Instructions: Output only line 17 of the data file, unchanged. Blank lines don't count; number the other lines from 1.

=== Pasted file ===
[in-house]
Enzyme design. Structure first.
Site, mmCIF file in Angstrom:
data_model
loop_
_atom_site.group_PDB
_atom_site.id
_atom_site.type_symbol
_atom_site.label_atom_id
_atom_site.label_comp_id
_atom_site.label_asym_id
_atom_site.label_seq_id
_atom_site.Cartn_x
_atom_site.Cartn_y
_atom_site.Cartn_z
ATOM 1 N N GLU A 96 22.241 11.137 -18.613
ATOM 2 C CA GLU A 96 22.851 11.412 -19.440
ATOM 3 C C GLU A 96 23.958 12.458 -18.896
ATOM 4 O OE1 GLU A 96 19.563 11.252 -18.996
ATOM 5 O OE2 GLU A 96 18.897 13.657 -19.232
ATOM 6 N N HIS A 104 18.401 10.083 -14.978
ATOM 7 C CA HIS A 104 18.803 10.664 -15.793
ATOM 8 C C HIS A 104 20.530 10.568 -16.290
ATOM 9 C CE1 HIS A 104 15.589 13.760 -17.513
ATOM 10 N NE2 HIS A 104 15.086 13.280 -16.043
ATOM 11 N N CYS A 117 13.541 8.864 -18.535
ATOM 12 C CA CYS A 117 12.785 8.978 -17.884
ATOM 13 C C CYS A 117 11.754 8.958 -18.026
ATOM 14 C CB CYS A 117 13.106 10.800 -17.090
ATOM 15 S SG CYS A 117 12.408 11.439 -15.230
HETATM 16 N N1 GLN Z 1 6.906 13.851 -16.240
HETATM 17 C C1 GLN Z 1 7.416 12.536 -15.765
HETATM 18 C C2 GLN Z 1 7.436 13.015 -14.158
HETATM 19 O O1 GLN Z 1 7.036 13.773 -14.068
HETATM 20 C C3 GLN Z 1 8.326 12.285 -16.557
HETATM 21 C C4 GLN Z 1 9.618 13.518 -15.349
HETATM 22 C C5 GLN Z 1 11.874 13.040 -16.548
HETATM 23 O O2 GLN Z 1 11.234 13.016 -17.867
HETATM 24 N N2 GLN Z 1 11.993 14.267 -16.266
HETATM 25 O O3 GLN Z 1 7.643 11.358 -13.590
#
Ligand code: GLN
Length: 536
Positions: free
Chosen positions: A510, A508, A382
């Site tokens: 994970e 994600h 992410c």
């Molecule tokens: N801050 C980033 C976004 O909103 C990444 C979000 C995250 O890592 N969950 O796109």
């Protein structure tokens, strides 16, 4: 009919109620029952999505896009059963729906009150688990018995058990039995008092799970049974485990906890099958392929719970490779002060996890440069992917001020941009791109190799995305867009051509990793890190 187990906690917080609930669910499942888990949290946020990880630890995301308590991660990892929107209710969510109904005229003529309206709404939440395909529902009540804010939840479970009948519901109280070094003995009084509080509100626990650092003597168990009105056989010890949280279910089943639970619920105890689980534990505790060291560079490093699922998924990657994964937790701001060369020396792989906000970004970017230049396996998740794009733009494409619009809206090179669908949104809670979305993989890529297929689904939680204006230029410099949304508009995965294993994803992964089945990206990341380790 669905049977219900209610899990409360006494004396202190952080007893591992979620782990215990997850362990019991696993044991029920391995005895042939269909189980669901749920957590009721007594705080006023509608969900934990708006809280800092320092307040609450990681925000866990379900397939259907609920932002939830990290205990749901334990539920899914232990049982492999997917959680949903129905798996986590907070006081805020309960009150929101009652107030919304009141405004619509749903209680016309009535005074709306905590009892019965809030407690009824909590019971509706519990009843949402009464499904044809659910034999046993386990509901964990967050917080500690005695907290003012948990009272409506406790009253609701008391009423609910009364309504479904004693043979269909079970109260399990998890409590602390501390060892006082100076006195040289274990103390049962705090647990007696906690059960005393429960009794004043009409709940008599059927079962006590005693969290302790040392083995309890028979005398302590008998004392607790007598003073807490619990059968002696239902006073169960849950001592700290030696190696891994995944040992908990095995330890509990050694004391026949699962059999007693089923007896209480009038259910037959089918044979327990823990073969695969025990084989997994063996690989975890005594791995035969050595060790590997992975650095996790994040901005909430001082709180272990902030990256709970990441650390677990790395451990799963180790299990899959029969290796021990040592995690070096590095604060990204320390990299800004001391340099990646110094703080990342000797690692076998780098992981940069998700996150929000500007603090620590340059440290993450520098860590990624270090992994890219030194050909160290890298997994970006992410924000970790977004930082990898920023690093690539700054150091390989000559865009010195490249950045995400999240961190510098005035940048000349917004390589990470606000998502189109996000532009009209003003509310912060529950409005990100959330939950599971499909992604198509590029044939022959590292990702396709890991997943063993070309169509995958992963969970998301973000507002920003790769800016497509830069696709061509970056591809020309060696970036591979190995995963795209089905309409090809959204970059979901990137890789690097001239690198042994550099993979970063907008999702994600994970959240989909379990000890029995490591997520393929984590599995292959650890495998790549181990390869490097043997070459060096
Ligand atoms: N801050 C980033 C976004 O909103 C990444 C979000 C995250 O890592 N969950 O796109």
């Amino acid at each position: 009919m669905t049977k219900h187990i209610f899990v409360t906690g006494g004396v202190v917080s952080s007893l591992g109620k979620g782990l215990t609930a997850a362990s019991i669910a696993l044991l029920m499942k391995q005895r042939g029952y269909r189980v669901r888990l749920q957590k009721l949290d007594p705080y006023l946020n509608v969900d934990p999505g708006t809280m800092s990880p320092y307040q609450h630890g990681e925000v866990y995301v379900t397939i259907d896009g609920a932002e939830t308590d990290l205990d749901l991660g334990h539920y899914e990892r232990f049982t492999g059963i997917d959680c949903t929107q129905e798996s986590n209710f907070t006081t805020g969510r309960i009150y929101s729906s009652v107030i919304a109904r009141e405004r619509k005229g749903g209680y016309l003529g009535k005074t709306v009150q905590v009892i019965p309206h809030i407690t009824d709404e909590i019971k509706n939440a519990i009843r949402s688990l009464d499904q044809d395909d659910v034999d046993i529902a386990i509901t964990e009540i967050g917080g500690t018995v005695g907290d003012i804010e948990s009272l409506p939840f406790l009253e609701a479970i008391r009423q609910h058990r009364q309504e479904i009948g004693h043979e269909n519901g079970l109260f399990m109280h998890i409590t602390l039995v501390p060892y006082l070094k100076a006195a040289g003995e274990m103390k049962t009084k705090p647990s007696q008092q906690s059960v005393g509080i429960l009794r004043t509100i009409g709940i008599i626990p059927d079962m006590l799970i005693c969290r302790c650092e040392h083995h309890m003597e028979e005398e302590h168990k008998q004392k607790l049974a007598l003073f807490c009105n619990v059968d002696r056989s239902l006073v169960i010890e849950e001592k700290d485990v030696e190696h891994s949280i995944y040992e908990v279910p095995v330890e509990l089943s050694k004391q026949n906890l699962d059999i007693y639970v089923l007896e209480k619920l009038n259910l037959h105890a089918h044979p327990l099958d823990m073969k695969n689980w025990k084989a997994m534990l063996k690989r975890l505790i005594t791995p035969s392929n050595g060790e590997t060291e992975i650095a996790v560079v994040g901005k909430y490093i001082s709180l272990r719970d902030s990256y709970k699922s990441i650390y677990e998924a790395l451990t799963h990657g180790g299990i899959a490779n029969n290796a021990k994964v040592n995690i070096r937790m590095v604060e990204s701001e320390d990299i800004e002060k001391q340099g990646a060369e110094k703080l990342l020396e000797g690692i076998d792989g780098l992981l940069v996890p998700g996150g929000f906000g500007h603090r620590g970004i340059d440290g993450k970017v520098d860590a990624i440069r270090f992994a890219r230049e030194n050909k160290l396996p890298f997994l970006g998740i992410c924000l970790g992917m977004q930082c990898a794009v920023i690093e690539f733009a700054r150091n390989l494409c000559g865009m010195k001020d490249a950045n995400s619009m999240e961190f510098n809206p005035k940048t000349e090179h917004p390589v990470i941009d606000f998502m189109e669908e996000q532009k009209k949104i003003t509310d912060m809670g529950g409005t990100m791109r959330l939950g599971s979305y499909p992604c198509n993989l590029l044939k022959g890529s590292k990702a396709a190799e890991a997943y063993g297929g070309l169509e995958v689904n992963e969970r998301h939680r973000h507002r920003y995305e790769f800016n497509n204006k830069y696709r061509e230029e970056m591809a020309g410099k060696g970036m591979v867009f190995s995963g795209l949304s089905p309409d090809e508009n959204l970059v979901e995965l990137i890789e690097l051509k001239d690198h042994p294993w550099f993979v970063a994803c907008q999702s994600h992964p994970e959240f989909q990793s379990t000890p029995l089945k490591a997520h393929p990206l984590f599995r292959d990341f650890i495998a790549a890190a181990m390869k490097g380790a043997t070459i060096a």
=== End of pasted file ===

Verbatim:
ATOM 2 C CA GLU A 96 22.851 11.412 -19.440